The Springfield Fire Department moves into phase 2 of Project RED Zone (Reduce, Educate, Deliver) in Grant Beach this Saturday to distribute free smoke alarms. Teams will canvass the neighborhood; going door-to-door replacing outdated smoke alarms and changing batteries, at no charge.
Phase 1 reached all 2300 homes in the West Central neighborhood, which is at the highest risk for fires and fire deaths, according to data gathered by the city of Springfield.
According to a recent SFD news release, “The goal of SFD’s Community Risk Reduction (CRR) program is to ensure every home in Zone 1 - the area of the city with the highest fire risk - has working smoke alarms.”
Cara Erwin, the Fire and Life Safety educator for the Springfield Fire Department affirmed, “One of our main messages is that in order to be safe, you have to have working smoke alarms in every bedroom and on every level, and it’s really hard for us to just tell people to do that, if they don’t have the ability to afford to go out a buy one.”
Earlier this year, the department received a $15,000 FEMA Fire Prevention and Safety Grant. Along with clubs and business donations, it also uses its own public education fund to finance the project for those who would otherwise be at risk for fires and fire-deaths.
Statistically, working smoke alarms double your chances of surviving a fire. Last year West Central had 55 fires while Grant Beach reported 44. Springfield also saw five fire deaths in 2016, which is the equivalent of almost 30 fire deaths per one million people. The national average is just over 10 fire deaths per million people.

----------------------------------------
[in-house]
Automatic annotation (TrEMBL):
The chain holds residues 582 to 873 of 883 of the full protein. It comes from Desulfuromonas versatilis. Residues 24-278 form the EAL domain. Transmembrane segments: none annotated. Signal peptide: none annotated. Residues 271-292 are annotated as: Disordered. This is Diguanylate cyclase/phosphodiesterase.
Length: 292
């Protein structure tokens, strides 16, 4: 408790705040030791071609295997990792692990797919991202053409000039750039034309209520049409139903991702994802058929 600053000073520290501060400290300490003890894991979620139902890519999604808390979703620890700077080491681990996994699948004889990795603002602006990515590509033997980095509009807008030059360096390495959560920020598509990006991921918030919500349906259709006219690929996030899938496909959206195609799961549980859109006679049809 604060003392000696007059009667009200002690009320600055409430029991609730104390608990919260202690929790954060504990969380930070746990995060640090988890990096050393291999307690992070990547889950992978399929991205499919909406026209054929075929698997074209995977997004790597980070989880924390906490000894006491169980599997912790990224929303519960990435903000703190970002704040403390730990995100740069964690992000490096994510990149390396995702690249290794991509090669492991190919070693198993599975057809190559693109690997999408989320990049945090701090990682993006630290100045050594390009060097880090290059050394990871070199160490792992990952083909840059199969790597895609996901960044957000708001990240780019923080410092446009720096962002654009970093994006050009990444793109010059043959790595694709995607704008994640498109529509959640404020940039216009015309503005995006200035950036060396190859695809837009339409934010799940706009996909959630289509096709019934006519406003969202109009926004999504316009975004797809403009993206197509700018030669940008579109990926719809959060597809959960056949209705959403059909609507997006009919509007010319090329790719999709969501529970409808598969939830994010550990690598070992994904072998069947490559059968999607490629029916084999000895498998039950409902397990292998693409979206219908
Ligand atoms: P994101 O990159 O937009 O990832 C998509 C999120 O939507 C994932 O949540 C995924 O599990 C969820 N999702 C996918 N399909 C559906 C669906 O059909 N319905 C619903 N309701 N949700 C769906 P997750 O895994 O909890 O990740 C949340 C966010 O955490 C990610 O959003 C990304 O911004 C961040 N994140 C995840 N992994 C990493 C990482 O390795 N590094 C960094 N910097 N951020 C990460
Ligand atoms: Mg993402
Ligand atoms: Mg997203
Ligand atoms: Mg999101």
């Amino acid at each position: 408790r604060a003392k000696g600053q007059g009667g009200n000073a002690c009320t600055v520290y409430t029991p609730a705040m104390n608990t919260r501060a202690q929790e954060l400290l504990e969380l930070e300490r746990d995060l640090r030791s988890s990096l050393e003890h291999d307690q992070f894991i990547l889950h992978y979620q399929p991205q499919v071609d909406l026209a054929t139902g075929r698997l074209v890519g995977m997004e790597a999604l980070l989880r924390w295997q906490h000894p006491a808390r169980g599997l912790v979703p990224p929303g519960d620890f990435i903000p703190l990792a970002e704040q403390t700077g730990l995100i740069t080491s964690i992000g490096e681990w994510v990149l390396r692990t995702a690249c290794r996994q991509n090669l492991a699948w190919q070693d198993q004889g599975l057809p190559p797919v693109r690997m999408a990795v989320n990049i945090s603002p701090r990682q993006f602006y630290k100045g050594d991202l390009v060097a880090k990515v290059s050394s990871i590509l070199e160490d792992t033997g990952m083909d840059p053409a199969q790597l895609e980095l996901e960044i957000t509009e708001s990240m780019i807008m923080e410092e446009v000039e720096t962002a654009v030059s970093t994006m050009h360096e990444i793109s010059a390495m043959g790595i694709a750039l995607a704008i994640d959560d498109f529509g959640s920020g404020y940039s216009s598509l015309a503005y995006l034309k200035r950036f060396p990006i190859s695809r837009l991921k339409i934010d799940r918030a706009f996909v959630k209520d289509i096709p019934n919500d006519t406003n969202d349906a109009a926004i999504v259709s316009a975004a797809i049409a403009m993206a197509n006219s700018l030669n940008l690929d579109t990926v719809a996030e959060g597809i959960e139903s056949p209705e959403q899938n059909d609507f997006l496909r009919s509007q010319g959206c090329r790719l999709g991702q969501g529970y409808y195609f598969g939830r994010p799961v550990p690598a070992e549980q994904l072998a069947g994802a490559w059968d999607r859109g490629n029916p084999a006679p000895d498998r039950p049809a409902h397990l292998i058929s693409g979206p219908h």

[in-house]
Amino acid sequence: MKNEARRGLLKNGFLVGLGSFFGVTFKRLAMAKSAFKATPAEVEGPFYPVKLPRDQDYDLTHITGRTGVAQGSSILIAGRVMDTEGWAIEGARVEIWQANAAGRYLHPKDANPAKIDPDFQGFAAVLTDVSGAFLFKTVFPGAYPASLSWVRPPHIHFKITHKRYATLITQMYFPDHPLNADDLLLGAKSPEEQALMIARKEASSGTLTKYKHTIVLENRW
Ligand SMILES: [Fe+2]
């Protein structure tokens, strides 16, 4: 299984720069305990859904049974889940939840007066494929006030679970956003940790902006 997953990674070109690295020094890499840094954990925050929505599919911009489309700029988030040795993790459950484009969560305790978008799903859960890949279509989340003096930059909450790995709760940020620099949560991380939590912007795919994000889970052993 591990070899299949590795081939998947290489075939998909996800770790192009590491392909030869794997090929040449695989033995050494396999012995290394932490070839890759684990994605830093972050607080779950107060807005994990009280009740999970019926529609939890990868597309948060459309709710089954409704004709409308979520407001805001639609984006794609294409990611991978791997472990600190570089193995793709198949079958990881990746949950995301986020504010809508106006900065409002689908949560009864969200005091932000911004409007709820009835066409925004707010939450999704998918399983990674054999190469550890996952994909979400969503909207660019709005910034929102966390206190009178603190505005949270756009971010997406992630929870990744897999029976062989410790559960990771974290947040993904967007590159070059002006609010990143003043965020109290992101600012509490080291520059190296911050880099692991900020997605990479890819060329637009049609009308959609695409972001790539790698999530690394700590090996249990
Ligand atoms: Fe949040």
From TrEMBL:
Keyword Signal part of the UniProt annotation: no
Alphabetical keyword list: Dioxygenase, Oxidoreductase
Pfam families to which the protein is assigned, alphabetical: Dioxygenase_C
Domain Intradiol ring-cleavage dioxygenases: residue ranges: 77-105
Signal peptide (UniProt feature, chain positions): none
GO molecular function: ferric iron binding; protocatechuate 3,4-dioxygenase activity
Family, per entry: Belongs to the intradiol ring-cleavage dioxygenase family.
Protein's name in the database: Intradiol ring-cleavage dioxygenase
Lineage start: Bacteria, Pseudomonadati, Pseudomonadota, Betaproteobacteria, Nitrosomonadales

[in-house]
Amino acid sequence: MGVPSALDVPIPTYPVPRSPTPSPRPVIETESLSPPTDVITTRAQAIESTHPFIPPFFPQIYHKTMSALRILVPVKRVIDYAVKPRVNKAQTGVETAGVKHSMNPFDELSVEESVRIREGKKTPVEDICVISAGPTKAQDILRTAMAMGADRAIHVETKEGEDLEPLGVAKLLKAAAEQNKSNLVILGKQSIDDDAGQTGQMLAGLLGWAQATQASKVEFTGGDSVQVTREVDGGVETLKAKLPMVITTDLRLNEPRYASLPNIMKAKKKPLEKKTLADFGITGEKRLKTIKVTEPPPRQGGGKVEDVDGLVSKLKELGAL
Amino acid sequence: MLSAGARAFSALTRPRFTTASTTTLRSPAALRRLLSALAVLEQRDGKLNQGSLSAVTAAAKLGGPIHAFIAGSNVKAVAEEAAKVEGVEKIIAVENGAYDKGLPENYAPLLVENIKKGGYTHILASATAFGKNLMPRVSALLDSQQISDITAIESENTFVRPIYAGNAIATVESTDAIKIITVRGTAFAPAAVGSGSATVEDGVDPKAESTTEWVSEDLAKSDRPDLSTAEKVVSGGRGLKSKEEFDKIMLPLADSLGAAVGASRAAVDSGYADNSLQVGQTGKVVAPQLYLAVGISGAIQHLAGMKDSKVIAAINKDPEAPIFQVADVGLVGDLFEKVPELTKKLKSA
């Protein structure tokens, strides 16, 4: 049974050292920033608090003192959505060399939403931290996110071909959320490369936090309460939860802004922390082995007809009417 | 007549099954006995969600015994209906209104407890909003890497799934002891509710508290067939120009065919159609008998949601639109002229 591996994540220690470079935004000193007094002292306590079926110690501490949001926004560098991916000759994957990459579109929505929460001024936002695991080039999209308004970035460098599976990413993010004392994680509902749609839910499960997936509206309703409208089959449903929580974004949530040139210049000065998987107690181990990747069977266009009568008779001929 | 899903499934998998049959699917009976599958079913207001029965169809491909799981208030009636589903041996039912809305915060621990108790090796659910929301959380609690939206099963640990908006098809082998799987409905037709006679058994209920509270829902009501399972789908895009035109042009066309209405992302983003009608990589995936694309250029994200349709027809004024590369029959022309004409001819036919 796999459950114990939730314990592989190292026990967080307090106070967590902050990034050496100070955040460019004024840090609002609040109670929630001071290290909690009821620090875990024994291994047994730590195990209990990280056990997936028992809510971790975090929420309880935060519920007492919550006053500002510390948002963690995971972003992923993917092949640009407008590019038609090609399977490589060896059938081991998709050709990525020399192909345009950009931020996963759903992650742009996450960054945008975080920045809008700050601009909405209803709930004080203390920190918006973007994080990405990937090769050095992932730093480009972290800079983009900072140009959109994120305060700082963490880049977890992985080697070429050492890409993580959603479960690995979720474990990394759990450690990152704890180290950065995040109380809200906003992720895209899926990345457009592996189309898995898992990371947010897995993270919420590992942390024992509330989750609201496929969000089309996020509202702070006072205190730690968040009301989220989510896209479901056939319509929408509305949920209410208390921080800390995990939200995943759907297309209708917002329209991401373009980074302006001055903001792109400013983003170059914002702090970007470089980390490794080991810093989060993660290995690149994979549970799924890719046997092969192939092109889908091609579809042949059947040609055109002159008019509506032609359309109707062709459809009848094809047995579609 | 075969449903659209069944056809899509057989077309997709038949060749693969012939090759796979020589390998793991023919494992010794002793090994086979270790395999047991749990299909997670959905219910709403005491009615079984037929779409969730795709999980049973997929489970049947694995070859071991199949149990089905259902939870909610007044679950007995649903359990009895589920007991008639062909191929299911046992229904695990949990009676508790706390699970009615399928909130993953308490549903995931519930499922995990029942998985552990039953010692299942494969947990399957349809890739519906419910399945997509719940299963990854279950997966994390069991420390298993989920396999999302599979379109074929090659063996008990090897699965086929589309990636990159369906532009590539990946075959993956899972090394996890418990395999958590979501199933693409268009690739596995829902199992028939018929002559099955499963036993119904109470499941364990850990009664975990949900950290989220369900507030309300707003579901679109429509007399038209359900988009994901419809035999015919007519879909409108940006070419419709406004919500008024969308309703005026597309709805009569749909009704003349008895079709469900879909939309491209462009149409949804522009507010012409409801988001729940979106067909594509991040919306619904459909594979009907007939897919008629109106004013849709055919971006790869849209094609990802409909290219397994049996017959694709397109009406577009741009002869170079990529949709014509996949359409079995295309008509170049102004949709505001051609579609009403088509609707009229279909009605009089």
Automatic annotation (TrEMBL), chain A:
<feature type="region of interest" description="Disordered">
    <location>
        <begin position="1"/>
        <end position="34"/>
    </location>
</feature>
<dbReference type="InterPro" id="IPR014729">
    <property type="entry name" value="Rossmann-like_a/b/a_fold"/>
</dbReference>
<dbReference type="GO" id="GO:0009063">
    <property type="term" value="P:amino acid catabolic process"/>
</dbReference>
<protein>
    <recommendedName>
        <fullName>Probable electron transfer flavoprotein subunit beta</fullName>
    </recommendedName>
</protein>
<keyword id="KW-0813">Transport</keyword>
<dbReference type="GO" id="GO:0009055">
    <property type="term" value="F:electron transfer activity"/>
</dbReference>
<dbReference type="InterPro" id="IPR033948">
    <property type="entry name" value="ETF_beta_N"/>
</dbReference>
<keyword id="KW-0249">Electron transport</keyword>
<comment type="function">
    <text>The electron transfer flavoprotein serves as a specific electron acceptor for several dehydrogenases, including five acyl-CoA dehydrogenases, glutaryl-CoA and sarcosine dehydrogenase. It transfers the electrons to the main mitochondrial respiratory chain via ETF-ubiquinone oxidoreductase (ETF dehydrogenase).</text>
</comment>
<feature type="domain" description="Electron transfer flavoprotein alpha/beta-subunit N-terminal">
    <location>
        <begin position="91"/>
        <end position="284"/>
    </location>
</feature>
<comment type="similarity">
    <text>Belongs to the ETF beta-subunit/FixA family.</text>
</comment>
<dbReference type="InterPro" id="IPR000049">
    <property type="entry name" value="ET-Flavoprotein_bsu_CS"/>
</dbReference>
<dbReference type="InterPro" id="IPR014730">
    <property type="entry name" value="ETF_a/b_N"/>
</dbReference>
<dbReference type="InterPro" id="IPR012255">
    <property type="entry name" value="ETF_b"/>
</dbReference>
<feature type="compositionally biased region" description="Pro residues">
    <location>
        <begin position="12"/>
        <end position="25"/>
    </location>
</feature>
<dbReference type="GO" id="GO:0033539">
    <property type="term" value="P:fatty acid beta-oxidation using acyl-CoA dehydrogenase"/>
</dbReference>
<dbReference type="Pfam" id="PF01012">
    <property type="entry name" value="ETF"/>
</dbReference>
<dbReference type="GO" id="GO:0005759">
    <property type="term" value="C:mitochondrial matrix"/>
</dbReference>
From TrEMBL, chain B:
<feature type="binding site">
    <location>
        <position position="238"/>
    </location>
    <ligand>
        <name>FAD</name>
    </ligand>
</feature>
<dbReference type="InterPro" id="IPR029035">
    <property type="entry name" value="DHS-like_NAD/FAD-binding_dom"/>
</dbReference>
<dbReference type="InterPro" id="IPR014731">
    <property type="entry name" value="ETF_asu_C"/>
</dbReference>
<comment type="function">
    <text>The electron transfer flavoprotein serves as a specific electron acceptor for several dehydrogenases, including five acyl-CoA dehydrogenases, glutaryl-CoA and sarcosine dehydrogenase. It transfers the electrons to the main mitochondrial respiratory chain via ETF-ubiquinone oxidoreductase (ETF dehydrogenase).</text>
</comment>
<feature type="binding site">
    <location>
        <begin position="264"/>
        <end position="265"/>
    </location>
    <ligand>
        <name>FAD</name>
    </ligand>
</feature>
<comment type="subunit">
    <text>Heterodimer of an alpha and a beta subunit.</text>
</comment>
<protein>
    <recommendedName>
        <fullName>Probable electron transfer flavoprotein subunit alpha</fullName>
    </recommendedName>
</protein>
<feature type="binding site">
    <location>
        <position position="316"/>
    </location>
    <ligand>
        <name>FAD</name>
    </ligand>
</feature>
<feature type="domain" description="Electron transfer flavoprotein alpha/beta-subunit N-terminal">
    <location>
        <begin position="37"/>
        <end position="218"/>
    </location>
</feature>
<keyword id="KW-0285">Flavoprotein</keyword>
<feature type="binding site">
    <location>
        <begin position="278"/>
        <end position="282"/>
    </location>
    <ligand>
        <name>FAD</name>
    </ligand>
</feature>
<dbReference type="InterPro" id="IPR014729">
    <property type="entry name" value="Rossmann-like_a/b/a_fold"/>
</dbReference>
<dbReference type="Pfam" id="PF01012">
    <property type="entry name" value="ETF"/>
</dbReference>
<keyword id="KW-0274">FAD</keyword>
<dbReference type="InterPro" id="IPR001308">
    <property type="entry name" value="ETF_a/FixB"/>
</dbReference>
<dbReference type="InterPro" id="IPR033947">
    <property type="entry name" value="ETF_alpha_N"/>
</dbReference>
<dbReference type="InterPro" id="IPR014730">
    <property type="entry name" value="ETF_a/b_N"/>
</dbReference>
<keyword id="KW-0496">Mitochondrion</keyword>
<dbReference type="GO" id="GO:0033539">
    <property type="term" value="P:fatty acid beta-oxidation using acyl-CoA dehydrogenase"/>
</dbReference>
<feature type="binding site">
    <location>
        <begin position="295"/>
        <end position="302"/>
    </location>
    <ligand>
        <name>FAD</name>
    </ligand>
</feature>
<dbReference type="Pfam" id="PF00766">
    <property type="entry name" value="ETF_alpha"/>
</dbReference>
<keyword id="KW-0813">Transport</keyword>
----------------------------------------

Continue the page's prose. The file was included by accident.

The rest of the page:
Erwin says smoke alarms need to be checked monthly and batteries should be replaced yearly. She cautions, “Most people don’t realize that smoke alarms only last ten years, and need to be replaced after that.” This means replacing the entire smoke alarm unit to ensure your alarm is up-to-date and is safer than using an older unit, which may not effectively protect your home.
Asked what the citizen response to Project RED Zone has been, Erwin replied, “Tremendous.”
The American Red Cross donated 300 smoke alarms to the project, and she adds that departmental collaboration between the community and fire department has been instrumental.
Grant Beach residents should be aware firefighters will be in their area each Saturday to distribute smoke alarms. Cara Erwin explains, “The biggest thing is just, if we can get people to know we are coming, and open up their doors for us.”
To receive a free smoke alarm, call 417-874-2300.